|US5505820 *||Jan 11, 1995||Apr 9, 1996||Westvaco Corporation||Method for providing enhanced smoothness for a paper web|
|US5506046||Nov 24, 1993||Apr 9, 1996||E. Khashoggi Industries||Articles of manufacture fashioned from sheets having a highly inorganically filled organic polymer matrix|
|US5545450||Mar 25, 1994||Aug 13, 1996||E. Khashoggi Industries||Molded articles having an inorganically filled organic polymer matrix|
|US5580409||Dec 7, 1993||Dec 3, 1996||E. Khashoggi Industries||Methods for manufacturing articles of manufacture from hydraulically settable sheets|
|US5580624||Mar 17, 1995||Dec 3, 1996||E. Khashoggi Industries||Food and beverage containers made from inorganic aggregates and polysaccharide, protein, or synthetic organic binders, and the methods of manufacturing such containers|
|US5582670||Nov 19, 1993||Dec 10, 1996||E. Khashoggi Industries||Methods for the manufacture of sheets having a highly inorganically filled organic polymer matrix|
|US5614307||Jun 7, 1995||Mar 25, 1997||E. Khashoggi Industries||Sheets made from moldable hydraulically settable compositions|
|US5626954||Aug 3, 1993||May 6, 1997||E. Khashoggi Industries||Sheets made from moldable hydraulically settable materials|
|US5631053||Jun 7, 1995||May 20, 1997||E. Khashoggi Industries||Hinged articles having an inorganically filled matrix|
|US5658603||Jun 7, 1995||Aug 19, 1997||E. Khashoggi Industries||Systems for molding articles having an inorganically filled organic polymer matrix|
|US5660904||Jun 7, 1995||Aug 26, 1997||E. Khashoggi Industries||Sheets having a highly inorganically filled organic polymer matrix|
|US5665439||Dec 7, 1993||Sep 9, 1997||E. Khashoggi Industries||Articles of manufacture fashioned from hydraulically settable sheets|
|US5665442||Jun 7, 1995||Sep 9, 1997||E. Khashoggi Industries||Laminated sheets having a highly inorganically filled organic polymer matrix|
|US5676905||Aug 10, 1993||Oct 14, 1997||E. Khashoggi Industries||Methods for manufacturing articles of manufacture from hydraulically settable mixtures|
|US5679381||Apr 7, 1995||Oct 21, 1997||E. Khashoggi Industries||Systems for manufacturing sheets from hydraulically settable compositions|
|US5691014||Jun 7, 1995||Nov 25, 1997||E. Khashoggi Industries||Coated articles having an inorganically filled organic polymer matrix|
|US5702787||Jun 7, 1995||Dec 30, 1997||E. Khashoggi Industries||Molded articles having an inorganically filled oragnic polymer matrix|
|US5705237||Jun 6, 1995||Jan 6, 1998||E. Khashoggi Industries||Hydraulically settable containers and other articles for storing, dispensing, and packaging food or beverages|
|US5705238||Jun 7, 1995||Jan 6, 1998||E. Khashoggi Industries||Articles of manufacture fashioned from sheets having a highly inorganically filled organic polymer matrix|
|US5705239||Jun 7, 1995||Jan 6, 1998||E. Khashoggi Industries||Molded articles having an inorganically filled organic polymer matrix|
|US5705242||Jun 7, 1995||Jan 6, 1998||E. Khashoggi Industries||Coated food beverage containers made from inorganic aggregates and polysaccharide, protein, or synthetic organic binders|
|US5707474||Jun 7, 1995||Jan 13, 1998||E. Khashoggi, Industries||Methods for manufacturing hinges having a highly inorganically filled matrix|
|US5709913||Jun 7, 1995||Jan 20, 1998||E. Khashoggi Industries||Method and apparatus for manufacturing articles of manufacture from sheets having a highly inorganically filled organic polymer matrix|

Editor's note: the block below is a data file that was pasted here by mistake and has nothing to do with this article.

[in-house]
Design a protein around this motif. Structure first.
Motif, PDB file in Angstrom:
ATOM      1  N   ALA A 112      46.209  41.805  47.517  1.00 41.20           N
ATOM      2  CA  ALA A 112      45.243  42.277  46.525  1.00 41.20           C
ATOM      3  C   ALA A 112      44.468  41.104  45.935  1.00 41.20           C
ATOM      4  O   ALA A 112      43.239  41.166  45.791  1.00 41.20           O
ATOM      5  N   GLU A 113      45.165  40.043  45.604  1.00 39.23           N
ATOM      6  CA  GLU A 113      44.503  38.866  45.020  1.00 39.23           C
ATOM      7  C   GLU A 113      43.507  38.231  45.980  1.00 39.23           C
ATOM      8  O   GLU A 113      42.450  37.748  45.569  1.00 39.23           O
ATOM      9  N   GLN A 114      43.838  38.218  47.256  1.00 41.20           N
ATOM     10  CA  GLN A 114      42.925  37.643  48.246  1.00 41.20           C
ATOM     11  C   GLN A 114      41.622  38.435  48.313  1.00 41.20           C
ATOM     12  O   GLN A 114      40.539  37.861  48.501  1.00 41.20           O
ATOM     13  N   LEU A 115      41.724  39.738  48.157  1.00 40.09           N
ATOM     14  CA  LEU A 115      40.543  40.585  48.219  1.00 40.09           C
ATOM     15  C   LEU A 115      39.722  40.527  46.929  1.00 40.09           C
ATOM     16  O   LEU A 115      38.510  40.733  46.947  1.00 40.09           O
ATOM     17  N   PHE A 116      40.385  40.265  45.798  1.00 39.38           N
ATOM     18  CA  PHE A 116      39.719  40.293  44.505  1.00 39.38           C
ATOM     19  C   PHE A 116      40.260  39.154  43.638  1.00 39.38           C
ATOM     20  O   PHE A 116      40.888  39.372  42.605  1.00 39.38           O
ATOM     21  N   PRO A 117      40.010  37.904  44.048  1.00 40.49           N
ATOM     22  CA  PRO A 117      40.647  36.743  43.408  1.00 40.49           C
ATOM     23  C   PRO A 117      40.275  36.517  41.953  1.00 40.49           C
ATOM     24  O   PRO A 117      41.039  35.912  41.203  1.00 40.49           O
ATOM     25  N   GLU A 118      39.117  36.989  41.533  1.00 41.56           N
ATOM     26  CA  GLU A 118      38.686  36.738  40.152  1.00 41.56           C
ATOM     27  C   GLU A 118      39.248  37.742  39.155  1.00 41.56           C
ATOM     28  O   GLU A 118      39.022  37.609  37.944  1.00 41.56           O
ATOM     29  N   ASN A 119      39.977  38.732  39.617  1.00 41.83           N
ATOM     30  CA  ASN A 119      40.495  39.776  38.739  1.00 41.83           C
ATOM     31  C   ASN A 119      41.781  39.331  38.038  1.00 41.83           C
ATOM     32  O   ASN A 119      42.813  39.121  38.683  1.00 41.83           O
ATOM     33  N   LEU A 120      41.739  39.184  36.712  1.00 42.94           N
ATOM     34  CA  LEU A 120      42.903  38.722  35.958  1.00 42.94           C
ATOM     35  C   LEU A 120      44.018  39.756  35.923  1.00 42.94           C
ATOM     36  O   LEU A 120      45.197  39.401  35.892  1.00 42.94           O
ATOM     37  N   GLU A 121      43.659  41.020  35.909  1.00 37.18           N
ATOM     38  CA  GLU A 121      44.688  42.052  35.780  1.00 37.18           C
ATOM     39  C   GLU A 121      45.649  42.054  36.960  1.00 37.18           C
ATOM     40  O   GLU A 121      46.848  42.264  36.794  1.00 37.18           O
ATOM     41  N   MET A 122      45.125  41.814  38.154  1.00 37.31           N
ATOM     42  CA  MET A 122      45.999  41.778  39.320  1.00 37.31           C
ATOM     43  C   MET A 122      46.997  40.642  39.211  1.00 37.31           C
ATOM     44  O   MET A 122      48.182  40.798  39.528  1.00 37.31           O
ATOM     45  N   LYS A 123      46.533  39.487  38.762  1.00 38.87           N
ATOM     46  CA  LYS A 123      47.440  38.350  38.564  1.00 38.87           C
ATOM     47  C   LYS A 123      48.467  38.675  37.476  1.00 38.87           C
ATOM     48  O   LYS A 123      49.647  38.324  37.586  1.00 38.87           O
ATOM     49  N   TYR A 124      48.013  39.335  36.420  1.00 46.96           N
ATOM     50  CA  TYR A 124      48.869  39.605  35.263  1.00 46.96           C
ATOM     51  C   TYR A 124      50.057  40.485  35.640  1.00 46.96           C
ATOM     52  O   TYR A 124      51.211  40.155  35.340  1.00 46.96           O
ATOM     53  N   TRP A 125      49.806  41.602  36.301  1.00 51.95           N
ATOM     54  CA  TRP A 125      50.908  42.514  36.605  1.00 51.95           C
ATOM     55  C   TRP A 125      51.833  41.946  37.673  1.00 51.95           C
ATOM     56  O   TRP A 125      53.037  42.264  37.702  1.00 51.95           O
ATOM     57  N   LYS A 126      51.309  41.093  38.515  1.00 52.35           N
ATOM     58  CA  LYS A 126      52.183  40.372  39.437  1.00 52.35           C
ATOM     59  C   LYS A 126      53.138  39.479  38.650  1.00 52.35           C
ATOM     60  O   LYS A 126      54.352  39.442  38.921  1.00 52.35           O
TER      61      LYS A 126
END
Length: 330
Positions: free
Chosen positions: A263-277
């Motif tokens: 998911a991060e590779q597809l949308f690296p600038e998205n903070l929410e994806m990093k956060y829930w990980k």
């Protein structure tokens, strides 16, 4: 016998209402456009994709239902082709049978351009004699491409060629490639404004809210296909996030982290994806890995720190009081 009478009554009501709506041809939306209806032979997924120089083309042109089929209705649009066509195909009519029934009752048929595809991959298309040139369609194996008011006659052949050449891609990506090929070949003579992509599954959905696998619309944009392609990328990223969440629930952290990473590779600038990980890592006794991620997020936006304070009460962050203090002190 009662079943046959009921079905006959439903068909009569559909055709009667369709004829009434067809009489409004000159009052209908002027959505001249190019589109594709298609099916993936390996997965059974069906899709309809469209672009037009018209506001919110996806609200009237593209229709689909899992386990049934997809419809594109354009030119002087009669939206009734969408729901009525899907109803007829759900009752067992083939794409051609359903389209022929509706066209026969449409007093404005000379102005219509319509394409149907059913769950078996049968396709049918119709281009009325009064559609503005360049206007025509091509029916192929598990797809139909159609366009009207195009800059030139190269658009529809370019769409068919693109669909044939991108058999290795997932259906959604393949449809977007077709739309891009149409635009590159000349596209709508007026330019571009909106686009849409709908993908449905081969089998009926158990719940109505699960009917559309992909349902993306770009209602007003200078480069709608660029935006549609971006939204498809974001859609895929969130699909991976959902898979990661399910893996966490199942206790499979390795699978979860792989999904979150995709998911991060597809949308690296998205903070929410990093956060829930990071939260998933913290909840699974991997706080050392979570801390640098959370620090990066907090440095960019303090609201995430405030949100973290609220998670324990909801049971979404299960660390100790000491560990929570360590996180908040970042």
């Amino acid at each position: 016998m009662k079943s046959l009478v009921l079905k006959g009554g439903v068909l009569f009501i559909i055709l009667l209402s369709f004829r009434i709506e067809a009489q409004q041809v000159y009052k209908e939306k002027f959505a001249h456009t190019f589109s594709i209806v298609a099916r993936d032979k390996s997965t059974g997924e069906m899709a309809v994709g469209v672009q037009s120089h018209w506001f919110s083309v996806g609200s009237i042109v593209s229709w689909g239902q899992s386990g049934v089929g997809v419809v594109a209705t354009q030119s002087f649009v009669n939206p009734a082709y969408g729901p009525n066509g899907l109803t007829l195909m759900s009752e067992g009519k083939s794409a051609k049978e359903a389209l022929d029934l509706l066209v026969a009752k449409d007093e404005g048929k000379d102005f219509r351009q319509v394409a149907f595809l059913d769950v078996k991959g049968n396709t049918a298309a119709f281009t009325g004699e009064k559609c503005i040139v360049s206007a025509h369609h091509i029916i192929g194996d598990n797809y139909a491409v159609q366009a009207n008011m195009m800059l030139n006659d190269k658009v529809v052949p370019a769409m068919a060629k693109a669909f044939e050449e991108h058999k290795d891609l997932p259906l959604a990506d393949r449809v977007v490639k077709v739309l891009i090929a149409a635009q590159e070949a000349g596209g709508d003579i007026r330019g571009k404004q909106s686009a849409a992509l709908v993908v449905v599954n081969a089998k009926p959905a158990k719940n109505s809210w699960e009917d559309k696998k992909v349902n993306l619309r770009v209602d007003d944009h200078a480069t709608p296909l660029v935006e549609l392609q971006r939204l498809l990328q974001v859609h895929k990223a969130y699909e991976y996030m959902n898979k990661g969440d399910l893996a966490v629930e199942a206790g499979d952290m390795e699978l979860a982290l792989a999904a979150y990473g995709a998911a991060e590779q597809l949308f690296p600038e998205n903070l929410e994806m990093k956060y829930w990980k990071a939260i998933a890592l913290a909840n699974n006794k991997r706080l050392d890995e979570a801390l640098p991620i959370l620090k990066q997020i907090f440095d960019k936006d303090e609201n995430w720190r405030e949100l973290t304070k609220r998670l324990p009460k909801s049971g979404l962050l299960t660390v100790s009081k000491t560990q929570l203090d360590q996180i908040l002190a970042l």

|US5720913||Jun 7, 1995||Feb 24, 1998||E. Khashoggi Industries||Methods for manufacturing sheets from hydraulically settable compositions|
|US5738921||Apr 9, 1996||Apr 14, 1998||E. Khashoggi Industries, Llc||Compositions and methods for manufacturing sealable, liquid-tight containers comprising an inorganically filled matrix|
|US5753308||Jun 7, 1995||May 19, 1998||E. Khashoggi Industries, Llc||Methods for manufacturing food and beverage containers from inorganic aggregates and polysaccharide, protein, or synthetic organic binders|
|US5766525||Aug 10, 1993||Jun 16, 1998||E. Khashoggi Industries||Methods for manufacturing articles from sheets of unhardened hydraulically settable compositions|
|US5800647||Nov 24, 1993||Sep 1, 1998||E. Khashoggi Industries, Llc||Methods for manufacturing articles from sheets having a highly inorganically filled organic polymer matrix|
|US5800756||Jun 7, 1995||Sep 1, 1998||E. Khashoggi Industries, Llc||Methods for manufacturing containers and other articles from hydraulically settable mixtures|
|US5830305||Mar 25, 1994||Nov 3, 1998||E. Khashoggi Industries, Llc||Methods of molding articles having an inorganically filled organic polymer matrix|
|US5830548||Apr 9, 1996||Nov 3, 1998||E. Khashoggi Industries, Llc||Articles of manufacture and methods for manufacturing laminate structures including inorganically filled sheets|
|US5849155||Jan 27, 1994||Dec 15, 1998||E. Khashoggi Industries, Llc||Method for dispersing cellulose based fibers in water|
|US5851634||Feb 7, 1994||Dec 22, 1998||E. Khashoggi Industries||Hinges for highly inorganically filled composite materials|
|US5879722||Jun 7, 1995||Mar 9, 1999||E. Khashogi Industries||System for manufacturing sheets from hydraulically settable compositions|
|US5928741||Jun 7, 1995||Jul 27, 1999||E. Khashoggi Industries, Llc||Laminated articles of manufacture fashioned from sheets having a highly inorganically filled organic polymer matrix|
|US6274001||Oct 21, 1997||Aug 14, 2001||International Paper Company||Method for calendering surface sized paper/paperboard to improve smoothness|
|U.S. Classification||162/205, 162/206|
|International Classification||D21F11/00, D21F5/00, D21G1/00|
|Cooperative Classification||D21F11/00, D21F5/00, D21G1/0093|
|European Classification||D21G1/00R8, D21F5/00, D21F11/00|
|Feb 24, 1994||AS||Assignment|
Owner name: STONE CONSOLIDATED INC., CANADA
Free format text: CHANGE OF NAME;ASSIGNOR:CONSOLIDATED-BATHURST INC.;REEL/FRAME:006875/0857
Effective date: 19890823
|May 11, 1995||AS||Assignment|
Owner name: STONE CONSOLIDATED CORPORATION, CANADA
Free format text: ASSIGNMENT OF ASSIGNORS INTEREST;ASSIGNOR:STONE CONSOLIDATED, INC.;REEL/FRAME:007465/0228
Effective date: 19950412
|Oct 30, 1997||FPAY||Fee payment|
Year of fee payment: 4
|Nov 27, 2001||FPAY||Fee payment|
Year of fee payment: 8
|Sep 7, 2005||FPAY||Fee payment|
Year of fee payment: 12